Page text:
It’s not just pure technical decisions which are business decisions. I’ve written before about how your architecture impacts your business strategy, but the same can be said of other aspects of technologists’ work, too. Here is an example I was involved with recently.
The question asked of me was: How long do you need the developers for, and when can I use them for our other projects? Clearly there is a business impact to using people on one piece of work versus another. The questioner was motivated to deliver revenue for other areas of the business, but he need developers to do that.
If I was to give a single fixed answer, that wouldn’t give the questioner any options to work with. Both projects benefit the company, and the company should have a choice as to how it balances its resources. So the answer can be constructed more openly: it requires this amount of person-weeks, and it’s up to the board (company board, programme board, etc) to decide whether everyone should work on one project, or if it should split the work between teams of various sizes. This way the resourcing question is able to be answered more strategically.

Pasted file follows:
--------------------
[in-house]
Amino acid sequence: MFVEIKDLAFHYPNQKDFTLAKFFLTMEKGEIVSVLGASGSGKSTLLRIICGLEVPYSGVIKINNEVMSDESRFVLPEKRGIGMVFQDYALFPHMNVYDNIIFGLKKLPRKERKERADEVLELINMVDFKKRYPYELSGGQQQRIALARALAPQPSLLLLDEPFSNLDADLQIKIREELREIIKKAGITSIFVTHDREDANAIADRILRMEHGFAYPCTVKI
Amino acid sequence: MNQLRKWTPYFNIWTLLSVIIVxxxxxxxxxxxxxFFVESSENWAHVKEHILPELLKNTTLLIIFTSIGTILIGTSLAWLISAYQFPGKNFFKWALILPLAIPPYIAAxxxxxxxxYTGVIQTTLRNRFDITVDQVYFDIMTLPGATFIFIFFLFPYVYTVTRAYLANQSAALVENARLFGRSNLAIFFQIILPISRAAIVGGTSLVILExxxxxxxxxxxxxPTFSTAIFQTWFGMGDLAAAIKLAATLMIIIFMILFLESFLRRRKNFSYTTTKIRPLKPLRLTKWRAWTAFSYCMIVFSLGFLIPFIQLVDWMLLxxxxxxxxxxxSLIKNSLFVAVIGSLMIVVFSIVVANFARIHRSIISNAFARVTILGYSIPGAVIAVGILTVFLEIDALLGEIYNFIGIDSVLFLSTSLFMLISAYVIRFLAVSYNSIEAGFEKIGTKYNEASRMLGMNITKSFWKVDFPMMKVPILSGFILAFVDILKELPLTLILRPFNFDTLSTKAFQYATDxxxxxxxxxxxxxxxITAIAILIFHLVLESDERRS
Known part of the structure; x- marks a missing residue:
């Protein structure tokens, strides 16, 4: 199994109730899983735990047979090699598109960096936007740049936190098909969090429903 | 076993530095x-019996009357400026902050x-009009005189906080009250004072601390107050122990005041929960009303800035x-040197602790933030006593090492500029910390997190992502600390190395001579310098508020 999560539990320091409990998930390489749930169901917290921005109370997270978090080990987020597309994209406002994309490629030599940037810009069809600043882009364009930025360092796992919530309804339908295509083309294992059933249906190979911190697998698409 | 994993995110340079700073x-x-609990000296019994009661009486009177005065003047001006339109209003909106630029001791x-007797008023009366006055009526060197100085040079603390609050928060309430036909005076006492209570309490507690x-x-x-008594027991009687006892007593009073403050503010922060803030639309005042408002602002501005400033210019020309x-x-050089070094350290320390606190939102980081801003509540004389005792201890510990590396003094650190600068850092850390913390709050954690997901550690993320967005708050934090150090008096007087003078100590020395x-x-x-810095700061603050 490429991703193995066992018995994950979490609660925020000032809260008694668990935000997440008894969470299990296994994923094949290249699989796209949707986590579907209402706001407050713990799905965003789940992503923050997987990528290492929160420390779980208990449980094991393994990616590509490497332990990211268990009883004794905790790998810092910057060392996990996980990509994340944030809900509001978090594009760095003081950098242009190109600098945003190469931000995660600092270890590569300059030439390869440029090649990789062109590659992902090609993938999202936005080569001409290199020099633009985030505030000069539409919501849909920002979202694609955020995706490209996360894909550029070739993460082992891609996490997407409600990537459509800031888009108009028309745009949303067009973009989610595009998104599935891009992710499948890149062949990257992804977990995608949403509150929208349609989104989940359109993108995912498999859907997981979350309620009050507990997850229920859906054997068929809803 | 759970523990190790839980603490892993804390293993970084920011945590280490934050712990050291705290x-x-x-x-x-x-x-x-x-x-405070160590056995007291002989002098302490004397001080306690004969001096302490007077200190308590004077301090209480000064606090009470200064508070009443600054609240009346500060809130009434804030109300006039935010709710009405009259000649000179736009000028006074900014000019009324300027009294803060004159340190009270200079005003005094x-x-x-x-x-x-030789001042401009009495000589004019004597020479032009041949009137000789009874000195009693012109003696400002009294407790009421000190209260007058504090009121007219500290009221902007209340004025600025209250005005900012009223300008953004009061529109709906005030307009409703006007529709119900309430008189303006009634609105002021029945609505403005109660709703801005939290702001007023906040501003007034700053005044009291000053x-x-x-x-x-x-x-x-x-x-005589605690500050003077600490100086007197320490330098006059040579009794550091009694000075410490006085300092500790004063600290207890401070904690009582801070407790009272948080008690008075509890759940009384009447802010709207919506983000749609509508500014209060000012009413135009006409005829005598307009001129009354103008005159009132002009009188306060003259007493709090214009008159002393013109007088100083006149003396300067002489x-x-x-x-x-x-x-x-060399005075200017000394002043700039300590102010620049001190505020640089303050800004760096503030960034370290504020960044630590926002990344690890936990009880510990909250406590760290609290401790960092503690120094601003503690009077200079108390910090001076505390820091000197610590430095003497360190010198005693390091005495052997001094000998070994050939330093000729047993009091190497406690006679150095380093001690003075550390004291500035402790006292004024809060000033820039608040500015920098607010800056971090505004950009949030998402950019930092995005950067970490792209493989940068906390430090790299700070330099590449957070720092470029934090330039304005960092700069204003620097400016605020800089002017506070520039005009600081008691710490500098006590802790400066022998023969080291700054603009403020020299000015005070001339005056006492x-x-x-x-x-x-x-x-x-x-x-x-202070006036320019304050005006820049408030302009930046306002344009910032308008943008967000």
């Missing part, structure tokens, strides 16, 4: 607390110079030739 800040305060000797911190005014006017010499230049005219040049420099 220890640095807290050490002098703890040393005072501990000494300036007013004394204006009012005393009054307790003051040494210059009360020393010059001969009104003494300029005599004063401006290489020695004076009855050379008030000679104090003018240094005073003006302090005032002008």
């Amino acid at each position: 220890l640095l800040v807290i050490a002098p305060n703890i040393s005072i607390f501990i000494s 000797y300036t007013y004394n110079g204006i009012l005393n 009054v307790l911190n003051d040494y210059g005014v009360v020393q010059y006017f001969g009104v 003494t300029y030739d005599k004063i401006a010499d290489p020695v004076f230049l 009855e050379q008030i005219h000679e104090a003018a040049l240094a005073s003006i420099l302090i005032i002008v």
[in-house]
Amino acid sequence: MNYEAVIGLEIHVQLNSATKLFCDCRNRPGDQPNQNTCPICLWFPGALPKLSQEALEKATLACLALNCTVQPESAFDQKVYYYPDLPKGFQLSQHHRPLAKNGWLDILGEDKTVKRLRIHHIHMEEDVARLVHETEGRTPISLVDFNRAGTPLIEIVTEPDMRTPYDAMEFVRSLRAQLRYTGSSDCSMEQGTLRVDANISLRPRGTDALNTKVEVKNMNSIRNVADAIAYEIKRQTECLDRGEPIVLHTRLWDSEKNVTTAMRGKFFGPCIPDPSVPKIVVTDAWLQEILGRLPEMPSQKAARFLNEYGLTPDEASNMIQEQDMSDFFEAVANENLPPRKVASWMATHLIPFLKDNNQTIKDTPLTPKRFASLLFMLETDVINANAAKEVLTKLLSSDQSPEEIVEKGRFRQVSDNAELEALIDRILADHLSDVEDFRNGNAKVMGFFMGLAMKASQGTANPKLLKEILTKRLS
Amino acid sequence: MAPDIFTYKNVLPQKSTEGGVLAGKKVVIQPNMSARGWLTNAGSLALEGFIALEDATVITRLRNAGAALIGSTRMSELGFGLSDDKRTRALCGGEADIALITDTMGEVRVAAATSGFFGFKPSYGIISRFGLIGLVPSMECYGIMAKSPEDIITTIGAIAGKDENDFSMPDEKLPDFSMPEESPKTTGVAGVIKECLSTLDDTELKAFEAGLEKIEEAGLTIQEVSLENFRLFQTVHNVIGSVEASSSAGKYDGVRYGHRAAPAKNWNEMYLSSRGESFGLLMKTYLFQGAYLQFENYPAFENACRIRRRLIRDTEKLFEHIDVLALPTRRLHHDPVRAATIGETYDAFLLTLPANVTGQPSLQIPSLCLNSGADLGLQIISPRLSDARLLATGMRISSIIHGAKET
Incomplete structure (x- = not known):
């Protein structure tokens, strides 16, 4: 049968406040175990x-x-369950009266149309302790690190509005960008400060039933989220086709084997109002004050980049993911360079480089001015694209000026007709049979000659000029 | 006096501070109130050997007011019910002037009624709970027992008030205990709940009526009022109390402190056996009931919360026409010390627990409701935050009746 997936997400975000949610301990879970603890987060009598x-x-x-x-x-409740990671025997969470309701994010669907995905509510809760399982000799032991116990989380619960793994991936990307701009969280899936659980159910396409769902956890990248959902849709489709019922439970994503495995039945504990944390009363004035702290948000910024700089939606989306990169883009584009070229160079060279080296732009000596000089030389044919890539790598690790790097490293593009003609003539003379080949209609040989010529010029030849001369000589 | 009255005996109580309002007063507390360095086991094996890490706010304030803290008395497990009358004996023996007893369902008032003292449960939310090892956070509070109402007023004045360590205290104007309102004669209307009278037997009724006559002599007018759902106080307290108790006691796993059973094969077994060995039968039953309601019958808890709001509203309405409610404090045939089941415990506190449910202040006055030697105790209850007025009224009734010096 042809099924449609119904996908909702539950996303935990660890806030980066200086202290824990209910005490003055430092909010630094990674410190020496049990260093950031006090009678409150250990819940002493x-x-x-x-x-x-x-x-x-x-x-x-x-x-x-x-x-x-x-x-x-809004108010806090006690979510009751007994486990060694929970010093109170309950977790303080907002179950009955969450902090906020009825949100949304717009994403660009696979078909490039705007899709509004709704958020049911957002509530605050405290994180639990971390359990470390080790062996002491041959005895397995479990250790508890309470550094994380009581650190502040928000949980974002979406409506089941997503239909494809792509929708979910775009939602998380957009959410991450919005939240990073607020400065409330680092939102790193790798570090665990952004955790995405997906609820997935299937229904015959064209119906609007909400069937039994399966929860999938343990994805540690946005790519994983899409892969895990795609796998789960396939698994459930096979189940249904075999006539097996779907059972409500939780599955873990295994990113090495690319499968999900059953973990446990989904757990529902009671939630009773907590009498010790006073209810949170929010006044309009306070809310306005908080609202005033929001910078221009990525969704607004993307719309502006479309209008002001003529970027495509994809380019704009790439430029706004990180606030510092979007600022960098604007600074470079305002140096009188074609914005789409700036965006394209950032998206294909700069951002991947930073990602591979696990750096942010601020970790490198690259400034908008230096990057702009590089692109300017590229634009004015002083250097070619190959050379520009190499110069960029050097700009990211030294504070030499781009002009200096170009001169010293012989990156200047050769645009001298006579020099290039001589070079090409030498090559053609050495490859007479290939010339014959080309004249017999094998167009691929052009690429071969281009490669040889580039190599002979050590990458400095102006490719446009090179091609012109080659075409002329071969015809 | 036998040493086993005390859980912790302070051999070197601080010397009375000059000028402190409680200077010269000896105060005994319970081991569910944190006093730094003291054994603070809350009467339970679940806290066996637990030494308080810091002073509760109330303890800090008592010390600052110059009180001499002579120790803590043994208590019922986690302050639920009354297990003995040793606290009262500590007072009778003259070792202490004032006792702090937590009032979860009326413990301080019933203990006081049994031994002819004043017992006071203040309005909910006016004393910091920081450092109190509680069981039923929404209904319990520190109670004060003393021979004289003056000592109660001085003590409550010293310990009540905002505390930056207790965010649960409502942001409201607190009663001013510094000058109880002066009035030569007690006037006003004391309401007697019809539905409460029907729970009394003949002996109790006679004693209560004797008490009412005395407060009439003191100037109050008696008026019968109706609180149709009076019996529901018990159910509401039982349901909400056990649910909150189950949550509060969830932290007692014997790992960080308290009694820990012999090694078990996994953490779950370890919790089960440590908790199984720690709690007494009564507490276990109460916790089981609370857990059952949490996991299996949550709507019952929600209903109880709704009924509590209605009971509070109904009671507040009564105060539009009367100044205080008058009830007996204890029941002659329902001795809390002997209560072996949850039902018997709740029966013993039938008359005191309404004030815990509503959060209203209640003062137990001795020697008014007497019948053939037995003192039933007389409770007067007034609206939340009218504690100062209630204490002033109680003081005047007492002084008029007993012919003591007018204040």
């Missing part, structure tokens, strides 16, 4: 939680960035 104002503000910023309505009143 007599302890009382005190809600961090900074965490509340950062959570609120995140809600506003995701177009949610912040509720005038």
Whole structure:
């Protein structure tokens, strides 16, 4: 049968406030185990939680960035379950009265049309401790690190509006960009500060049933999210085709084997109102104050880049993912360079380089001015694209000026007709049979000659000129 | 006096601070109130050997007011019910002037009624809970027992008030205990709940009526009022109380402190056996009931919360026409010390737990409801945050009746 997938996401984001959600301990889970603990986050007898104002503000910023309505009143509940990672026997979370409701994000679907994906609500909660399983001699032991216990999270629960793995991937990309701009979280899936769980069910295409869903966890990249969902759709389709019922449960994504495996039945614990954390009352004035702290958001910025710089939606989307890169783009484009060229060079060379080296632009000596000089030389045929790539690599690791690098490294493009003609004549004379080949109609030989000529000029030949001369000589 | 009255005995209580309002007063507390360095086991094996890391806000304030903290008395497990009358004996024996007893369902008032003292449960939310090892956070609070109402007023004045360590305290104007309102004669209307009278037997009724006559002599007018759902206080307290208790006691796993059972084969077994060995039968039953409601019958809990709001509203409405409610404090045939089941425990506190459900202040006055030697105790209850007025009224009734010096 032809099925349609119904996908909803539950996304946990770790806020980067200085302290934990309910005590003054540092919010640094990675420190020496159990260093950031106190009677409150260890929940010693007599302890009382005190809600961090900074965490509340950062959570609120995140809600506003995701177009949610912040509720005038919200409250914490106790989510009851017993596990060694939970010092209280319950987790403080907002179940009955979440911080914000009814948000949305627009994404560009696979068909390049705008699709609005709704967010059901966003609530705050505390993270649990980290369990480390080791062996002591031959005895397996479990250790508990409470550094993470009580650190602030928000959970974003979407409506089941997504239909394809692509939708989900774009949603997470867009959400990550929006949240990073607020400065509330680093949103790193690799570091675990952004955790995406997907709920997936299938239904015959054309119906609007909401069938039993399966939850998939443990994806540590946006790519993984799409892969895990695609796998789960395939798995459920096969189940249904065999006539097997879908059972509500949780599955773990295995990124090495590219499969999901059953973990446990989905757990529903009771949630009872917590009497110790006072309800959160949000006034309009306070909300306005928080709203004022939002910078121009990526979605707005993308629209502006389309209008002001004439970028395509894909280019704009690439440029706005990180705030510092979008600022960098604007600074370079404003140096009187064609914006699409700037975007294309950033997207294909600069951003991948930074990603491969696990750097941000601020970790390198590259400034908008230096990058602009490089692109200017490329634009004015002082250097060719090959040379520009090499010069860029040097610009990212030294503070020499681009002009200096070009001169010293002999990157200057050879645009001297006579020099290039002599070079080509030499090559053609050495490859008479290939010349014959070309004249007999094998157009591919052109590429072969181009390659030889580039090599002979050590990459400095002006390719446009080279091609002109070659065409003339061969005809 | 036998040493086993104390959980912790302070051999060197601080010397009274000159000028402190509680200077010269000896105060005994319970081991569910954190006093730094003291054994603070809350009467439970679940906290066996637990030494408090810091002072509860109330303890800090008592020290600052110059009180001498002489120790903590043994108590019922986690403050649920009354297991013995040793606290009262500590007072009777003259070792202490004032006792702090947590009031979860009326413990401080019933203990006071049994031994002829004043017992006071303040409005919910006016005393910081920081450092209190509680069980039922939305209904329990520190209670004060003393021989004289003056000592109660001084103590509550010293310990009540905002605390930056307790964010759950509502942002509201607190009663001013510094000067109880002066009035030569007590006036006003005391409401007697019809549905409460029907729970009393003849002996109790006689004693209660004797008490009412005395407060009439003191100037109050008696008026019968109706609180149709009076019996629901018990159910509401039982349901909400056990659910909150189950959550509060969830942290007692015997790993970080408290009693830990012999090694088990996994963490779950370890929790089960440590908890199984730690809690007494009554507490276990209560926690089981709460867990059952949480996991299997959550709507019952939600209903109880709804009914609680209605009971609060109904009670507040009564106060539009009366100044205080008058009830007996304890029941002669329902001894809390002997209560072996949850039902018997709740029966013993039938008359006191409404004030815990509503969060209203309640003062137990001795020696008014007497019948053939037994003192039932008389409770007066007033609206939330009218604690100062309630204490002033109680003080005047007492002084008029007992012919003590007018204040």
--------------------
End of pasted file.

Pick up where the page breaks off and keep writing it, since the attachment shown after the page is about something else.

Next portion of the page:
The questioner—or, better, the board—have even more options if we structure the work to have maximum walkawayability. That is, if they can genuinely choose to walk away from the project at frequent intervals without losing value. To do this, we need to make sure the project is structured to deliver the most value earliest, and keeps doing that continually.